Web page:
Context: Patient-centered medical homes (PCMHs) are intended to actively provide effective care by physician-led teams, where patients take a leading role and responsibility.
Objective: To determine whether the Walter Reed PCMH has reduced costs while at least maintaining if not improving access to and quality of care, and to determine whether access, quality, and cost impacts differ by chronic condition status.
Design, setting, and patients: This study conducted a retrospective analysis using a patient-level utilization database to determine the impact of the Walter Reed PCMH on utilization and cost metrics, and a survey of enrollees in the Walter Reed PCMH to address access to care and quality of care.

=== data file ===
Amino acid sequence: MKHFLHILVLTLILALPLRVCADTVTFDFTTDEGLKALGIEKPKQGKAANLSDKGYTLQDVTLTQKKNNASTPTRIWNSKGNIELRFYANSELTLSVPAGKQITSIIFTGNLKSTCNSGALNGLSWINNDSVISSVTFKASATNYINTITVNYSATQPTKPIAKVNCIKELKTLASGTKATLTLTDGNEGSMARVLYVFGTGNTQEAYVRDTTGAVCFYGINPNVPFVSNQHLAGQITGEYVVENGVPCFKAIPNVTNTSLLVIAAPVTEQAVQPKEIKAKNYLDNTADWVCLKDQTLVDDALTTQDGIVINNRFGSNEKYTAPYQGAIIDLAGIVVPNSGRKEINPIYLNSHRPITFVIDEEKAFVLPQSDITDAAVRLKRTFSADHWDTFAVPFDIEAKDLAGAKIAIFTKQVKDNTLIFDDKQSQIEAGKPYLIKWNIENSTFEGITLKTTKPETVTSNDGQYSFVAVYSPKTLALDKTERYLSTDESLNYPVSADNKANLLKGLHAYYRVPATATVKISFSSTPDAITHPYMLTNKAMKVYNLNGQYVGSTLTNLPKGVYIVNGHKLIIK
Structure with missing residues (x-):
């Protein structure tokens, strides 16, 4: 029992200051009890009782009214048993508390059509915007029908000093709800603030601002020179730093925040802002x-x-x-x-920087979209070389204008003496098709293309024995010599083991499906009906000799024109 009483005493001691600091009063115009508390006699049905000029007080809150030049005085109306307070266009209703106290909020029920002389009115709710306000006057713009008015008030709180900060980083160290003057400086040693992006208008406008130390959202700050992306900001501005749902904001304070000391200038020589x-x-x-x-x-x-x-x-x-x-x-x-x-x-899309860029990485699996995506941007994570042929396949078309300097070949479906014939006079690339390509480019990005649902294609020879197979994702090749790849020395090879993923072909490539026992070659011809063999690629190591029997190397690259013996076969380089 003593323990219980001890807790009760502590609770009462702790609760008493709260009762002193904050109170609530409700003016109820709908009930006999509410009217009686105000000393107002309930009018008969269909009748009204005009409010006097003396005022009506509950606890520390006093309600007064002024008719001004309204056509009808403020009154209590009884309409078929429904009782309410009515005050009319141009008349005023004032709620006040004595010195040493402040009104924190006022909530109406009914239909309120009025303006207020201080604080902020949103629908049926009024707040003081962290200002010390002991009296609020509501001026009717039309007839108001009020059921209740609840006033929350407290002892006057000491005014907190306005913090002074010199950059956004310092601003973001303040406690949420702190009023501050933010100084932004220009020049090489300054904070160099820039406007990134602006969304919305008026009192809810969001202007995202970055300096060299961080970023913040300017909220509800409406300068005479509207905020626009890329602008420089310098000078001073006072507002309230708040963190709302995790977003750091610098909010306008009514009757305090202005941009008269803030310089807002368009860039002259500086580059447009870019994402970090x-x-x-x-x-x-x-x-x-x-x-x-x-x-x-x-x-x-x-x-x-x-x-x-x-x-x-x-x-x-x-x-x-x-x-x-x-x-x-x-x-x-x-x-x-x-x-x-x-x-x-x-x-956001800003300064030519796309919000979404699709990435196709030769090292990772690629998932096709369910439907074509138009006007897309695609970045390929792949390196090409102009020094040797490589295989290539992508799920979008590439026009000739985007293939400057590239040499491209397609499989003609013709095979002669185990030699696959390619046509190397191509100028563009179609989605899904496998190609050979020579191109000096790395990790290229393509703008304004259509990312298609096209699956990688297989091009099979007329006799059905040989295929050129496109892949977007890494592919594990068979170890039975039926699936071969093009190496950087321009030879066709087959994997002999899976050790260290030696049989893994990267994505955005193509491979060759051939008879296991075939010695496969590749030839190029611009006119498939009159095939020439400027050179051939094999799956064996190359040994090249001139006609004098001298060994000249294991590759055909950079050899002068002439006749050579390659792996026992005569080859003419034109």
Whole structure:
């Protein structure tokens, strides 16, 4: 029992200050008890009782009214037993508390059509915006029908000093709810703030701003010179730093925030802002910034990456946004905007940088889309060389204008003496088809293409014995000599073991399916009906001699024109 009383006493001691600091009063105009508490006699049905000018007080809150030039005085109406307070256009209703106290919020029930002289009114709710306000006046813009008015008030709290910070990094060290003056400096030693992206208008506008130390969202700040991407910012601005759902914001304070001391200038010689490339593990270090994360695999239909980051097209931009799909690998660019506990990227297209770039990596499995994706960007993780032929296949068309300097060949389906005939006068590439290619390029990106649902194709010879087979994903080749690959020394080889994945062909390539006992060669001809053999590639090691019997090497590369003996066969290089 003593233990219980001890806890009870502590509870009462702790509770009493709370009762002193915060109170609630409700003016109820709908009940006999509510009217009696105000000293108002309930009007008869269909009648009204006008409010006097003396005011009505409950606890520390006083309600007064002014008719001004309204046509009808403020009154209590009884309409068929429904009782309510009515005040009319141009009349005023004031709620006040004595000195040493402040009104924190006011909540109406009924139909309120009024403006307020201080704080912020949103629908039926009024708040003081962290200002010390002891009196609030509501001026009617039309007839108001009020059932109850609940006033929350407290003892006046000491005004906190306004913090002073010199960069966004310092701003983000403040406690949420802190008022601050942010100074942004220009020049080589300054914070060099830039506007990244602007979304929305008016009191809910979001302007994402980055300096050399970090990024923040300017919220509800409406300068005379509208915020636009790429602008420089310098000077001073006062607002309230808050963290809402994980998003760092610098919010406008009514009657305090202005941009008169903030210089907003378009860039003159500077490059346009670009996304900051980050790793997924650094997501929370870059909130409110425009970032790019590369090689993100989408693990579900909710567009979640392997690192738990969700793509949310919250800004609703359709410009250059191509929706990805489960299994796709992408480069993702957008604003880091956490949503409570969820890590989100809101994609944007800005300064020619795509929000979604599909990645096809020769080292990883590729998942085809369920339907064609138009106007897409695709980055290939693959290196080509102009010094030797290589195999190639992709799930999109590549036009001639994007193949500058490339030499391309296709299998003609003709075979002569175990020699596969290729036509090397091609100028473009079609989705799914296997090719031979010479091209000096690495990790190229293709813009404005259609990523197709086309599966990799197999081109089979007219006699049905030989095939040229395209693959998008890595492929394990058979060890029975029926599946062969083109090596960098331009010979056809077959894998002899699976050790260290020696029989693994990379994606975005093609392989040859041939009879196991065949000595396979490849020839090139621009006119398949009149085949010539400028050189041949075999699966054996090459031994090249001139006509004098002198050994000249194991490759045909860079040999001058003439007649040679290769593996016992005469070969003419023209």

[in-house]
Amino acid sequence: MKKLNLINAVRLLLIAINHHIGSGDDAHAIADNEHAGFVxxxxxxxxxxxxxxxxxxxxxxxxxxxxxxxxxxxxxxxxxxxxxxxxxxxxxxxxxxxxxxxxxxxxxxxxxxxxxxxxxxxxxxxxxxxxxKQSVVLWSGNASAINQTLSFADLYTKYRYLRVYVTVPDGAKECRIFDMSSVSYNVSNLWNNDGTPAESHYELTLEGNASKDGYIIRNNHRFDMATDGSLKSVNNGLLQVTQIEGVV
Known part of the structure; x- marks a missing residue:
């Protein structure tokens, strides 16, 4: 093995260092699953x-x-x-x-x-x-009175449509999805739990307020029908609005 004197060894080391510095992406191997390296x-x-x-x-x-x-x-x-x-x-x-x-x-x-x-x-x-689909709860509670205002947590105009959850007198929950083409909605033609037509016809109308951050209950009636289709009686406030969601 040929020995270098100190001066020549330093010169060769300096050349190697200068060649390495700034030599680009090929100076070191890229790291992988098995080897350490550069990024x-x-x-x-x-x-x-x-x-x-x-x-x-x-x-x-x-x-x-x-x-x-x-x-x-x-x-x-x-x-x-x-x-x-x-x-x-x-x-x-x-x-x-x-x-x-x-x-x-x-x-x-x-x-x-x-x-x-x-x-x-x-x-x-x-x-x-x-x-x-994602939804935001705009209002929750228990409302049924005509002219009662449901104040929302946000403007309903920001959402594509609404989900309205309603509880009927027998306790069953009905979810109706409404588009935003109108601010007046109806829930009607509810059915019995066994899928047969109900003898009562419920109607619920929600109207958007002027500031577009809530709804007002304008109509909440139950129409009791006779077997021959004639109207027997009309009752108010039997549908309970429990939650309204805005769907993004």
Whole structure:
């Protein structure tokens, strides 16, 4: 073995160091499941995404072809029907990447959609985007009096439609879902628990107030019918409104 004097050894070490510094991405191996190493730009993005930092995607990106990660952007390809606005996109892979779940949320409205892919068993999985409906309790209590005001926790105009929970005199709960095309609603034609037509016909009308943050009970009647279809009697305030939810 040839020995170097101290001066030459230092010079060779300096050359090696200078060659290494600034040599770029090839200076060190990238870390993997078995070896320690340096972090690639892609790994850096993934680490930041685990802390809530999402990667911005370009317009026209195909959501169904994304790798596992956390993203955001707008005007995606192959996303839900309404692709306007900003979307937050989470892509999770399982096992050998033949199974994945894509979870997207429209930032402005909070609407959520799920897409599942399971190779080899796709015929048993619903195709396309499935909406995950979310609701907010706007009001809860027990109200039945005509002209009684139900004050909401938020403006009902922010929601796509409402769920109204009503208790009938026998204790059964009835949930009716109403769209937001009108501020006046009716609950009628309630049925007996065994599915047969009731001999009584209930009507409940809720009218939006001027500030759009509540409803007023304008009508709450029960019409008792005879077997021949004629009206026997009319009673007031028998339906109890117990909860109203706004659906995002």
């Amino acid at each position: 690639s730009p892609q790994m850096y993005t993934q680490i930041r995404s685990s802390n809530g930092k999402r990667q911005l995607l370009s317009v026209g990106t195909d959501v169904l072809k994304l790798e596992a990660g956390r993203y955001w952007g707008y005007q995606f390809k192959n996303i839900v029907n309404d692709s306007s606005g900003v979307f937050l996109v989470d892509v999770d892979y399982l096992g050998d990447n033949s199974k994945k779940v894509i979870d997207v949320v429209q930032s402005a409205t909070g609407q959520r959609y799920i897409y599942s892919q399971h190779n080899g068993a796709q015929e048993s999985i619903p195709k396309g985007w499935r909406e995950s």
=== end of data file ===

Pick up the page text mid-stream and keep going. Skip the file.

Outcome measures: Inpatient and outpatient utilization, per member per quarter costs, Healthcare Effectiveness Data and Information Set metrics, and composite measures for access, patient satisfaction, provider communication, and customer service are included.
Results: Costs were 11% lower for those with chronic conditions compared to 7% lower for those without. Since treating patients with chronic conditions is 4 times more costly than treating patients without such conditions, the vast majority of dollar savings are attributable to chronic care.
Conclusions: Results suggest focusing first on patients with chronic conditions given the greater potential for early gains.